Linear switches have the simplest movement as they move straight up and down without any tactile feedback or clicking noise, which many gamers appreciate. But its linear operation also increases the chance of misclicks since it only requires somewhat minimal force to register a keystroke.
Tactile switches have often been considered the all-rounder switch of choice for gamers and professionals alike. It’s as responsive as linear switches but provides a satisfying tactile feedback at the same time. When typing on it, you can feel a noticeable bump in the middle of the key travel to know when a keystroke has been registered.
Clicky switches are the complete opposite of linear switches. Just like the tactile ones, the “bump” is more distinct on the type of switch. They are ideal for typing (but not gaming IMO) because you can feel a noticeable indication of the keypress. The biggest downside of the clicky switch is the loud sound (many entry-level keyboards tend to mimic the clicky mechanism).
Once you figure out your preferred size and switches, you’ll need to look into the keyboard software. It can make or break the overall user experience in a palpable way. If you plan to customise a set of particular tasks on a specific key (known as a macro), it’s best to get a keyboard with excellent software especially if it involves executing a series of complicated commands.
Keyboards that possess on-board software may sound great, but the lack of a visible and straightforward program to work with can be frustrating. In this case, installing software purely for your gaming keyboard is a necessary evil.
While a metal chassis feels more premium to the touch, brands do occasionally end up charging users an arm and a leg for it.. If you can afford one, go-ahead but if the budget is tight, please save up for a set of PBT keycaps instead. The keycaps are a more worthwhile investment in our books.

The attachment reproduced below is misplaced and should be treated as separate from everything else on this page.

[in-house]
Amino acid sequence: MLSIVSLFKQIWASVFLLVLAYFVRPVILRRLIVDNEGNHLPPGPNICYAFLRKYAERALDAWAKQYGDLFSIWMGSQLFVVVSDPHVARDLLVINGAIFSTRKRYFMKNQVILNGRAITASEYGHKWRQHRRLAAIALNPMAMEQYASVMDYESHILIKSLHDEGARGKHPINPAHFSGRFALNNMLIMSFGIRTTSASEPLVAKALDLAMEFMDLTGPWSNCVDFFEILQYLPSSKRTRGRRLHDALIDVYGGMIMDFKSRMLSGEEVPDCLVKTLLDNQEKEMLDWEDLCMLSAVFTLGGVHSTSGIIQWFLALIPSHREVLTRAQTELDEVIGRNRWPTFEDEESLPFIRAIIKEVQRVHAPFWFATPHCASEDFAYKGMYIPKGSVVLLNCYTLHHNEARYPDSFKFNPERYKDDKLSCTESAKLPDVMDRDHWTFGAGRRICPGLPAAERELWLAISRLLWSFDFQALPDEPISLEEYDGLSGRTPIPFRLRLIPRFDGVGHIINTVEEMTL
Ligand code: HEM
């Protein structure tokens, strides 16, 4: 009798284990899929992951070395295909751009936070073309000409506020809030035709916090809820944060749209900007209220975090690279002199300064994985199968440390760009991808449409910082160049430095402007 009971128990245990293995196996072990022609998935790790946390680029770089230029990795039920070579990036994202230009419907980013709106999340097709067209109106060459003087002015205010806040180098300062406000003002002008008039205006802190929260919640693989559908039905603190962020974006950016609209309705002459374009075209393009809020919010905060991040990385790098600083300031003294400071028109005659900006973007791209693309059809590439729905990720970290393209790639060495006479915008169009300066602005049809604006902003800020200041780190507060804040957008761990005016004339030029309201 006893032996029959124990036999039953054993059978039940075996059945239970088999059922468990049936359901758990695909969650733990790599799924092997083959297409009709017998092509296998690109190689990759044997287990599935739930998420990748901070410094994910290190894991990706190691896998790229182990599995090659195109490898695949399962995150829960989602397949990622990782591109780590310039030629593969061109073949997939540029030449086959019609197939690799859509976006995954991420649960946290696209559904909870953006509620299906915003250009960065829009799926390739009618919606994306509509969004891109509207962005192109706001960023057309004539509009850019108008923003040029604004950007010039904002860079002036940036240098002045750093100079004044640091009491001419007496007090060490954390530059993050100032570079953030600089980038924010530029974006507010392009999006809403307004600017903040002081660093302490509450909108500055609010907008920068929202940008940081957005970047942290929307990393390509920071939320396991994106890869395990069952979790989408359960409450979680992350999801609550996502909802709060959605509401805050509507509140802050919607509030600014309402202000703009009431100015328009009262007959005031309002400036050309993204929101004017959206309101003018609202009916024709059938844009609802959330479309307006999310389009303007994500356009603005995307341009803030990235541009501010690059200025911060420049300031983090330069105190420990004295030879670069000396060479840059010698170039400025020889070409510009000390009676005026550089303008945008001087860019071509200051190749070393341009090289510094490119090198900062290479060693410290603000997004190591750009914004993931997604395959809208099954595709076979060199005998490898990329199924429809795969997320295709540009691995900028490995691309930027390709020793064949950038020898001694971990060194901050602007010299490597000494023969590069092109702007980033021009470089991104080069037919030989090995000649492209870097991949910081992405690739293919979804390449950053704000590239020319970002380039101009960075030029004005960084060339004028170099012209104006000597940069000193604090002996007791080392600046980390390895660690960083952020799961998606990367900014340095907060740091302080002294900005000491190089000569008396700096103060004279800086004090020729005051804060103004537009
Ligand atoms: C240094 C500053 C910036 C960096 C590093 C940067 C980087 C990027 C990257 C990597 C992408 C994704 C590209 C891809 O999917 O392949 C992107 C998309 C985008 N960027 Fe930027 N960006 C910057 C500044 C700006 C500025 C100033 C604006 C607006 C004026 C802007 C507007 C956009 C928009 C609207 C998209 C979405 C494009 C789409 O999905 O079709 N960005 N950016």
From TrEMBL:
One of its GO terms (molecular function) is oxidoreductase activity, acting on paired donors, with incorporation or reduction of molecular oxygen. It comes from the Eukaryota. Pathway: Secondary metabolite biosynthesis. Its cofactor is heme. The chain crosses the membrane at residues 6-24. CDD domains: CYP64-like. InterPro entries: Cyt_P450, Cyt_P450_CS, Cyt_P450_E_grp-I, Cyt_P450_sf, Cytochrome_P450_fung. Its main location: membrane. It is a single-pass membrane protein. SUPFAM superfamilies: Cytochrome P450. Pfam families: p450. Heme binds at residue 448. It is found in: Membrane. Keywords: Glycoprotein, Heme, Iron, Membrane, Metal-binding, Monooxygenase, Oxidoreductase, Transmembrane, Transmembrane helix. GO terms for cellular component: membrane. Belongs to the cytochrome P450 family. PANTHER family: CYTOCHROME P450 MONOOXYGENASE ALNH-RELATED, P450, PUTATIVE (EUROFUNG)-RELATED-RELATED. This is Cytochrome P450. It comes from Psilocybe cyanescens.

That being said, as long as the frame is rigid, the keyboard should last you a good three to five years of extensive use (and abuse). Some mid-tier keyboards and most premium boards have aluminum chassis. Unfortunately, metal frames are a rare feature on entry-level keyboards.
It’s a feature that registers all keystrokes no matter how many are pressed simultaneously. Imagine yourself spamming random keys on your gaming keyboard, with every key press being fully registered. It can be useful if you can type/perform extremely fast on your keyboard through “anti-ghosting”.
A term where keystrokes are "unregistered" due to the inability of a keyboard to process simultaneous signals.
PBT is the short for polybutylene terephthalate. PBT keycaps are a type of high-class keycap that is more durable than the ordinary ABS keycaps. It’s more sweat-resistant (in theory, the printed character/font on the PBT keycaps are impossible to fade, due to the nature of a second layer of plastic used to form and shape the keyboard characters themselves), making it a top choice for many keyboard enthusiasts.
There is too much marketing and advertising for gaming keyboards, making it tricky to find the right keyboard. Dare I say, most brands are overcharging all sorts of “gaming-related” products. If you’re patient enough, there are tons of great deals during the sale period. And when that time comes my friend, it’s your best shot to grab a brand new gaming keyboard.